What is the state of your relationships right now? Not only can examining our relationships with others be valuable in itself, it’s also an exercise that can mirror back to us our own problematic boundaries. Whether it’s a colleague or boss, romantic partner, family member, or friend, and whether it’s current or a relationship from the past, our involvement with others can show us loudly and clearly what we think of ourselves.

What were your boundaries like with your parents, the people who were your first caregivers and role models for all subsequent human relationships? Were they too rigid? Too loose? Many people can look into the past and see the roots of poor boundaries with parents that were too demanding, too intrusive, too enmeshed. Can you see any echoes from your earliest relationships today? If you’re having trouble identifying anything concrete, you might phrase the question differently: What lessons did you learn as you grew up about who you were, what you were here for, what your value was, and what your rights and responsibilities were? Every family has its unspoken “rules” about love, worth, and belonging—what were yours?

As you move closer to the present, look at the key people in your life and the quality of your connection with them. You can probably think of some people who deliberately stepped on your boundaries, but are there any more general patterns you can spot? Self-help literature abounds with descriptions of “toxic people,” but the truth is that no person is an island, sitting alone, toxic all by themselves.

Rather, what is toxic is a relationship, a dynamic, a story that two or more people agree to tell together. Have you played a role in any toxic stories? Maybe you were always the victim, or the rescuer, or the people-pleaser, or the wallflower who never spoke up. Or, maybe, you were the person who was “hurt too many times” and withdrew completely, building a high wall and daring anybody to care enough to try and climb it.

Though our discussions on these topics tend to describe such traits and situations as straightforward or easily discernible, we as humans are great at being insidiously toxic without realizing it. A mother who steps on her child’s boundaries purely out of love and care is still being toxic due to her unwillingness to respect her child’s desires above her own. As such, identifying harmful patterns and toxicity will invariably require serious thought and reflection into the nature of our relationships. If we discover that we were the ones being toxic, we must be humble enough to be able to admit it and try to improve to the best of our capabilities.

What about your romantic relationship right now (if you have one)? It can be hardest of all to spot unhealthy boundaries here because much of what we’re taught as a culture is normal is really not normal. People in love songs sing about not being able to live without the other one, Valentine’s day cards claim, “You complete me,” and we think that the couple who does everything together is cute. We tell young girls that jealousy proves a man’s love for you, or watch rom-coms where the male lead is basically a stalker.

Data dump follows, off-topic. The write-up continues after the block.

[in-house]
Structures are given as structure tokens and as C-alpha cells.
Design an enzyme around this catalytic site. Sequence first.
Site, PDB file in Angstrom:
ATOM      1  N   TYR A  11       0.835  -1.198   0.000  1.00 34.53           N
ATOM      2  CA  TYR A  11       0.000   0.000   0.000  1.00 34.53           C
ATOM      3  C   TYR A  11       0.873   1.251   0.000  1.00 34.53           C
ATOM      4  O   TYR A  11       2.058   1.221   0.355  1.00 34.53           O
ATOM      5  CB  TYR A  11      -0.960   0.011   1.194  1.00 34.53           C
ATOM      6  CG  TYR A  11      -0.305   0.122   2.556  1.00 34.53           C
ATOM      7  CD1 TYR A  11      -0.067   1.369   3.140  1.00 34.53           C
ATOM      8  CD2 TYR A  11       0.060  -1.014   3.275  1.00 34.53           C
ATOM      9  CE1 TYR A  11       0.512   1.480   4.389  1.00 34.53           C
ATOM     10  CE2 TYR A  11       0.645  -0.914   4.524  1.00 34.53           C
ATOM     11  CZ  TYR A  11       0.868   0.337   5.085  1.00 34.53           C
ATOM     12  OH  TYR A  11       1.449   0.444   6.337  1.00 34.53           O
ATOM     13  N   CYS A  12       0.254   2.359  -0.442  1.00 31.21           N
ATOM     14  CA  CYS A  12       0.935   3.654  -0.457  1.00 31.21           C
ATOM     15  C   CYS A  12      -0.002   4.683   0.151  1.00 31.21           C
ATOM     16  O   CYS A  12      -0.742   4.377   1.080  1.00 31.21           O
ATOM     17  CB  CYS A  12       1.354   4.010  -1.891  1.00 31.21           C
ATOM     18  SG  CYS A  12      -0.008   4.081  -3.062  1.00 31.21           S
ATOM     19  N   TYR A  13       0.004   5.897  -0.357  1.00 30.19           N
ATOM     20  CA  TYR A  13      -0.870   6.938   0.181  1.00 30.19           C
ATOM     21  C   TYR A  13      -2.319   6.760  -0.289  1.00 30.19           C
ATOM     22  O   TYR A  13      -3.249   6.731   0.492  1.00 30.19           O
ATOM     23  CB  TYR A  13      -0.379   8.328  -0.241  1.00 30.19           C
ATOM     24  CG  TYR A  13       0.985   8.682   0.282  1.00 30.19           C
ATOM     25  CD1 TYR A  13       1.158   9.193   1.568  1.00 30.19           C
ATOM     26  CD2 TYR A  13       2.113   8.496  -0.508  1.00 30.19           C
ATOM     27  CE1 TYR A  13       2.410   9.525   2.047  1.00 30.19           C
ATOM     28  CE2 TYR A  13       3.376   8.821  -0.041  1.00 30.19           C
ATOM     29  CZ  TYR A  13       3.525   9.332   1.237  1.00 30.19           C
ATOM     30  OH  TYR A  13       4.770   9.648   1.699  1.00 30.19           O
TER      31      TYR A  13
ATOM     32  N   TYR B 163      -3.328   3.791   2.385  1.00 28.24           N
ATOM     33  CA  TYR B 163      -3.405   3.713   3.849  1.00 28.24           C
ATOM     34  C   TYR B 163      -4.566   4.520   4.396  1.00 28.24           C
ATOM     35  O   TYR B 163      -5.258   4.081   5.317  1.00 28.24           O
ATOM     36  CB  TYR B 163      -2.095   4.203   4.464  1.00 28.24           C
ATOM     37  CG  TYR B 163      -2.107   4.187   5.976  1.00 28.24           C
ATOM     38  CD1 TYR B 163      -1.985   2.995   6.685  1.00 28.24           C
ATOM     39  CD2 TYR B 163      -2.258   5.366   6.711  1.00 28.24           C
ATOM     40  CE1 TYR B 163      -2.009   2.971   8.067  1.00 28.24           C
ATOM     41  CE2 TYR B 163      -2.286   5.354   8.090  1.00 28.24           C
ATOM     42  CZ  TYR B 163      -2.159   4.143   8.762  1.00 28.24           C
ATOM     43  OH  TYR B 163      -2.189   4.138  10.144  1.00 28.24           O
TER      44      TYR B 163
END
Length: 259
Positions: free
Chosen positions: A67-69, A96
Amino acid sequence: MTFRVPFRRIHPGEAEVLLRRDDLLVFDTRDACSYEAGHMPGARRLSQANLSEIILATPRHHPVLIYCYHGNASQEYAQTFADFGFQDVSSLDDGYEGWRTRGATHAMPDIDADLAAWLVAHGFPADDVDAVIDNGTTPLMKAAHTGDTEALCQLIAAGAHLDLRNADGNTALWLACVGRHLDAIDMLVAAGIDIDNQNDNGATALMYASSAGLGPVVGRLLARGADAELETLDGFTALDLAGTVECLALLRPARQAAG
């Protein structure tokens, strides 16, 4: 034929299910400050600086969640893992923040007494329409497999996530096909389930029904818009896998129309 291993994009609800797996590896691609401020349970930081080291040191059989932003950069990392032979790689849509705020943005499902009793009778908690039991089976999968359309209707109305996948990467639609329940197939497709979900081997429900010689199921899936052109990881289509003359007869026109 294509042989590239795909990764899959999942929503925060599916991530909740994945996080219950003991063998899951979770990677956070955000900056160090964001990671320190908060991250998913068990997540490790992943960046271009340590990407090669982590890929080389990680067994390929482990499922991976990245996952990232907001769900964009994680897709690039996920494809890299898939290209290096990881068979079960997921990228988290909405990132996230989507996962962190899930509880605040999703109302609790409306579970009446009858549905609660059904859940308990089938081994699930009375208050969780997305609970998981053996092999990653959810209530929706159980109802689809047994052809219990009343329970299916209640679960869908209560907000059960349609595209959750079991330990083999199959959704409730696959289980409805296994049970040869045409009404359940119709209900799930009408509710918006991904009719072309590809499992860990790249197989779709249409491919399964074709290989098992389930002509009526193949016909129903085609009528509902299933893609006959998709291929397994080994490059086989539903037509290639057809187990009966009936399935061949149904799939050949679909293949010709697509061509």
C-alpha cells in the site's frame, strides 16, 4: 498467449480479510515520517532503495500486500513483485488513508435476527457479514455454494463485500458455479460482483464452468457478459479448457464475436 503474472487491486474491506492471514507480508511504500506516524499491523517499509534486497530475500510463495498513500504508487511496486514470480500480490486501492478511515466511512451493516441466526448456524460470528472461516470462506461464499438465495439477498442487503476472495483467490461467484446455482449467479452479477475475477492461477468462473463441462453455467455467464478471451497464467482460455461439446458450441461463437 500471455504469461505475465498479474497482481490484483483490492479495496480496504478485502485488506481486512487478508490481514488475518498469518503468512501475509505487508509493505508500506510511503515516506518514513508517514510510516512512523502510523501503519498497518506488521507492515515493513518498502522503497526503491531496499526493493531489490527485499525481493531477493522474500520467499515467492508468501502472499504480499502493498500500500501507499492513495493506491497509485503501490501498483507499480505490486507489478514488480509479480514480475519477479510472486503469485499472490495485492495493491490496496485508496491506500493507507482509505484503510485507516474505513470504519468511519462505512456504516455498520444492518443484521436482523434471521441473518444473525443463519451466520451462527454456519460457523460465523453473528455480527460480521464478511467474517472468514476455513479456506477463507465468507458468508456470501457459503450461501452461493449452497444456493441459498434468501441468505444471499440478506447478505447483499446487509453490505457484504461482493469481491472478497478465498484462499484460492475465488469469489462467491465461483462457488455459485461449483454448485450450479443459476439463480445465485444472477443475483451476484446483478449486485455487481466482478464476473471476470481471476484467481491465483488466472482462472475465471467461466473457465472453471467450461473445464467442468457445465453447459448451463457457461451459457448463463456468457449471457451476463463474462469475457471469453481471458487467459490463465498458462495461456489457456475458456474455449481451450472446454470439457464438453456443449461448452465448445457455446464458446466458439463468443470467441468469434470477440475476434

Poor boundaries in a relationship don’t always look like abuse and drama. Some of the less obvious signs include a partner constantly “checking up” on you, getting angry that you don’t text or call often enough, being nosy, verifying where you are and asking precisely when you’ll get back… the unconscious message seems to be: “You need to be available for me and my needs, always.” It’s a boundary violation on one’s time and it’s controlling. However, when in love, we can easily mistake these for signs of love and strong attachment due to our faulty impressions of what it means to be a good partner.

If one of both of you cannot seem to make a decision without the other, it suggests enmeshment and a sense of identity too wound up in the relationship. You need to be able to confidently know what you want, independent and irrespective of what the other wants. Similarly, a partner who is “protective” may seem great, but it can go too far—you should never feel infantilized, dependent, or helpless. This can also be a ploy to control, i.e., “I’m just doing what’s best for you,” or, “I only crossed that boundary because I’m trying to help you.”

It’s an enormous red flag if they invade your privacy (go through your phone, your personal belongings, your journal, etc.). If one or both of you is insecure and needs constant validation and reassurance, this is also a sign of boundary issues and can quickly set one of you up as the nurturer or rescuer. Watch out for drama and a sense of all or nothing, high-stakes thinking. Everyone misses their partner when they’re gone, but your world shouldn’t fall to pieces if your partner goes away for a few days!

Finally, watch out for a partner who forgets about everything else in their life except for you, or encourages you to do the same, for example, demanding you stop seeing friends and family. These are all red flags that a relationship dynamic is unhealthy.

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About the Podcast

Social Skills Coaching
Become More Likable, Productive, and Charismatic
While everyone wants to make themselves and their lives better, it has been hard to find specific, actionable steps to accomplish that. Until now...

Patrick King is a Social Interaction Specialist, in other words, a dating, online dating, image, and communication, and social skills coach based in San Francisco, California. He’s also a #1 Amazon best-selling dating and relationships author with the most popular online dating book on the market and writes frequently on dating, love, sex, and relationships.

He focuses on using his emotional intelligence and understanding of human interaction to break down emotional barriers, instill confidence, and equip people with the tools they need for success. No pickup artistry and no gimmicks, simply a thorough mastery of human psychology delivered with a dose of real talk.

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Russell Newton